Have you ever done something other people thought was awesome, but was really just you being a chickenshit? If you have, you need to share the story over drinks. That pretty much sums up the structure of Party of Three. Everyone’s like That’s daring, how inventive. (Except my editor, who was more like, “Satan, why did you do this to me?”) I was pleased because accidentally doing something awesome is very cool, but I didn’t structure the book in three parts to be cool. I did it because the idea of writing one coherent narrative for seventy thousand words made me want to curl up in a ball with the covers over my head and eat Oreos all day. It’s hard to type in the dark when your fingers are covered in cookie crumbs. I didn’t think I could write a whole book the way normal people do, so I figured out this complicated way of overcoming my own fear of failure. What if I only had to write twenty-five thousand words three times? So. Much. Easier. Right?
Pretty sure it wasn’t.
Party of Three revolves around the sexcapades (and romantic entanglements) of longtime friends Sarah, Kaitlin, and Avery. Whose POV was the most challenging to write? How about the most fun?
Writing is a lot of fun because it’s 100% creative. Just you and a blank page, and your brain that won’t shut up or maybe won’t start talking. You learn stuff about yourself that you’d probably never have realized. Some of it isn’t very interesting. Did you know I spelled dessert incorrectly approximately seventeen billion times? One of the more noteworthy things was that I couldn’t conjure a masculine-of-center voice for my point of view character. I’m lucky that deep point of view comes naturally to me, but I had envisioned Avery as more masculine-of-center than she turned out. She ended up androgen-ish because that’s as far as I could go in that headspace and have it sound authentic. Realizing this—and realizing that if I didn’t want every book I write to sound the same, I would need to develop the skill—was definitely a challenge. It’s always depressing when you come up against your own limitations and realize you aren’t actually Captain Marvel extraordinary, isn’t it? So unfair.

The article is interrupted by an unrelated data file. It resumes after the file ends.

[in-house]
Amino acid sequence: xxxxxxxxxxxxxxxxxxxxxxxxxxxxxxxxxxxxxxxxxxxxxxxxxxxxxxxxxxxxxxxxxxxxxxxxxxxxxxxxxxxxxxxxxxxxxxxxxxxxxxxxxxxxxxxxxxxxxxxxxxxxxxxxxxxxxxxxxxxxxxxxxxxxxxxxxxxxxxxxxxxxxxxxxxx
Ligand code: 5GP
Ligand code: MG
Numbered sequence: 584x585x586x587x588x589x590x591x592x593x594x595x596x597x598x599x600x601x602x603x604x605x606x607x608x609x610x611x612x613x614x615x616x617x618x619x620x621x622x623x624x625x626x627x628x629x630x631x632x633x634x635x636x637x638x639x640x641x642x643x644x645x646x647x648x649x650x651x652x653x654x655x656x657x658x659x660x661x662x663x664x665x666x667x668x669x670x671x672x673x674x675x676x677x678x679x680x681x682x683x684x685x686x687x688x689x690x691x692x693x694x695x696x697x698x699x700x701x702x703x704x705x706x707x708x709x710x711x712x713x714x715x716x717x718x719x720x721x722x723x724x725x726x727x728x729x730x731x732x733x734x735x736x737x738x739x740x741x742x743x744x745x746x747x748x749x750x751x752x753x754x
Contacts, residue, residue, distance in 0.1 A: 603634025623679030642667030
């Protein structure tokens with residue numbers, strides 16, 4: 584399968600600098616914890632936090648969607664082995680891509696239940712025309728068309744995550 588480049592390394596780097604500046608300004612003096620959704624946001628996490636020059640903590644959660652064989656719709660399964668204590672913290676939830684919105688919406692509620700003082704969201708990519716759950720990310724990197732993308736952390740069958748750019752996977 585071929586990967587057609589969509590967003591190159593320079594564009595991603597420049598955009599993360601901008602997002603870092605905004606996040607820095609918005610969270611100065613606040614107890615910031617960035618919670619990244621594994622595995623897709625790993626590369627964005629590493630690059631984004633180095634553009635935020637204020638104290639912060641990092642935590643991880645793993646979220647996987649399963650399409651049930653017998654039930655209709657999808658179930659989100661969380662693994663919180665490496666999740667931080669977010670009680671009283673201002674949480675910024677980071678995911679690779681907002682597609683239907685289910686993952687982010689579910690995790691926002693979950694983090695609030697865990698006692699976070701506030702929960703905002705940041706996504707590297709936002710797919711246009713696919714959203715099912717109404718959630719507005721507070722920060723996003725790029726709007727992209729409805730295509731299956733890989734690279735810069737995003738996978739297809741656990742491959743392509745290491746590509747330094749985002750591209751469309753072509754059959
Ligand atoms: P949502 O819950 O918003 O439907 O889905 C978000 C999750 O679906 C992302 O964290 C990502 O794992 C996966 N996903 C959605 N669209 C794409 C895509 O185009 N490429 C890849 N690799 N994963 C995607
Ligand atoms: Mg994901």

The most fun was writing the epilogue, which has all three points of view. By the end of the book I knew the characters so well that their banter flowed and it all came together. I wrote that in one draft, propped up in bed at midnight, with my deadline looming and my self-talk drill sergeant being all Just finish the damn book so I can take a nap. So I did.
As far as you’re concerned, what’s the single most important ingredient an erotic scene needs in order to be hot?
People (and by people, I mean the internet) love to debate whether the sex in books—usually romances—is idealized. No one ever comes that fast, they say. No couple ever orgasms at the very same instant, they say. No one looks that good naked, they say. I just watched Red Sparrow starring Jennifer Lawrence, and I say that some people do, in fact, look so good naked.